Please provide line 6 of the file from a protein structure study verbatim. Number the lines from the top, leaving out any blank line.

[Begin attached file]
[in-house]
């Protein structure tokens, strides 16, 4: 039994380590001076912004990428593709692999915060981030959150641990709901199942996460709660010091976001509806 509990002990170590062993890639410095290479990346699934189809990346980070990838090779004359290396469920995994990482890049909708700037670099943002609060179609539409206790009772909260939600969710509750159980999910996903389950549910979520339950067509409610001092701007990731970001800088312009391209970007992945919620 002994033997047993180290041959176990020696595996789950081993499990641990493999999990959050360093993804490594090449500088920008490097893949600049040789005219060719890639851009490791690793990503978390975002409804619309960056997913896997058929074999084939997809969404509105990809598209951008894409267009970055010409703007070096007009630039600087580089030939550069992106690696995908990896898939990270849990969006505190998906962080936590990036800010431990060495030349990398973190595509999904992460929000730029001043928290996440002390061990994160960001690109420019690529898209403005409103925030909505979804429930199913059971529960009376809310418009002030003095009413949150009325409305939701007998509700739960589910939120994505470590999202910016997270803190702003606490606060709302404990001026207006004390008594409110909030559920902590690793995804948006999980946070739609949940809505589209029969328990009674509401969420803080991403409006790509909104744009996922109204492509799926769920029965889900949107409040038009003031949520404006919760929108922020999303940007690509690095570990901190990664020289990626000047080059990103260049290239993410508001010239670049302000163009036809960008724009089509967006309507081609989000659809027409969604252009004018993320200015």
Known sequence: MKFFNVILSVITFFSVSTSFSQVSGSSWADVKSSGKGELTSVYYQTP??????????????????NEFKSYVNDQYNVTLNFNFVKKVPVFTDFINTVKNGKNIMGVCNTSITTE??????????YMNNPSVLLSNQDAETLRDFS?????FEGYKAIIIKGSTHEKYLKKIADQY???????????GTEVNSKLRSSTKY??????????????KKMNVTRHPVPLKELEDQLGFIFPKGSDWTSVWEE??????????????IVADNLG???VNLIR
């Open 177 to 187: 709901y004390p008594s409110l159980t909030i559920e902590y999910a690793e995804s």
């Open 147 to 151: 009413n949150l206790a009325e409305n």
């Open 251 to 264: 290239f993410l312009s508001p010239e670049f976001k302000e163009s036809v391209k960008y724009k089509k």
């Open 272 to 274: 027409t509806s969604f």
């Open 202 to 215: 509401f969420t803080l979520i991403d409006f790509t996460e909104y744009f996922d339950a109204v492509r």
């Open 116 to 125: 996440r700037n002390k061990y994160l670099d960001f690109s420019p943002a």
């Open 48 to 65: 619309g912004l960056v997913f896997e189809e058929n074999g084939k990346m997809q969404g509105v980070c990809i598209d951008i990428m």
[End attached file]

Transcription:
């Open 251 to 264: 290239f993410l312009s508001p010239e670049f976001k302000e163009s036809v391209k960008y724009k089509k």